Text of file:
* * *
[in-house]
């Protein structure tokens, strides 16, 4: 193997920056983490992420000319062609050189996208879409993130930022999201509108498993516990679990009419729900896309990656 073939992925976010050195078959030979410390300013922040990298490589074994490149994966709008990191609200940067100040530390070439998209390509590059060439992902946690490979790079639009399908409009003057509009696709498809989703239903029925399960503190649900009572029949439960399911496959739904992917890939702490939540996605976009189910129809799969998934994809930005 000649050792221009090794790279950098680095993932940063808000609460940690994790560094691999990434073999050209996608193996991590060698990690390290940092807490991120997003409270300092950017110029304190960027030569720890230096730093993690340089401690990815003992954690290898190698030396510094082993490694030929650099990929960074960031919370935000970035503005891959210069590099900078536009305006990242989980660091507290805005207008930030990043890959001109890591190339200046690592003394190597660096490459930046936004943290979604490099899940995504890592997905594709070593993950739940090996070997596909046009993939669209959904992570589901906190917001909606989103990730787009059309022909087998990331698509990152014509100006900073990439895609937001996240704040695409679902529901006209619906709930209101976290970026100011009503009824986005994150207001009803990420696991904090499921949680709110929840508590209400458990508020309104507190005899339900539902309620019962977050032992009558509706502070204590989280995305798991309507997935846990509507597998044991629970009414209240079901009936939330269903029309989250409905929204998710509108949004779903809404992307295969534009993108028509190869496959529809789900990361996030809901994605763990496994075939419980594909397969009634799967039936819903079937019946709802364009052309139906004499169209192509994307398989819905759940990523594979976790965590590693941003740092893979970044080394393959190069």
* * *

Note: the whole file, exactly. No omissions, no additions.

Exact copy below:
[in-house]
């Protein structure tokens, strides 16, 4: 193997920056983490992420000319062609050189996208879409993130930022999201509108498993516990679990009419729900896309990656 073939992925976010050195078959030979410390300013922040990298490589074994490149994966709008990191609200940067100040530390070439998209390509590059060439992902946690490979790079639009399908409009003057509009696709498809989703239903029925399960503190649900009572029949439960399911496959739904992917890939702490939540996605976009189910129809799969998934994809930005 000649050792221009090794790279950098680095993932940063808000609460940690994790560094691999990434073999050209996608193996991590060698990690390290940092807490991120997003409270300092950017110029304190960027030569720890230096730093993690340089401690990815003992954690290898190698030396510094082993490694030929650099990929960074960031919370935000970035503005891959210069590099900078536009305006990242989980660091507290805005207008930030990043890959001109890591190339200046690592003394190597660096490459930046936004943290979604490099899940995504890592997905594709070593993950739940090996070997596909046009993939669209959904992570589901906190917001909606989103990730787009059309022909087998990331698509990152014509100006900073990439895609937001996240704040695409679902529901006209619906709930209101976290970026100011009503009824986005994150207001009803990420696991904090499921949680709110929840508590209400458990508020309104507190005899339900539902309620019962977050032992009558509706502070204590989280995305798991309507997935846990509507597998044991629970009414209240079901009936939330269903029309989250409905929204998710509108949004779903809404992307295969534009993108028509190869496959529809789900990361996030809901994605763990496994075939419980594909397969009634799967039936819903079937019946709802364009052309139906004499169209192509994307398989819905759940990523594979976790965590590693941003740092893979970044080394393959190069």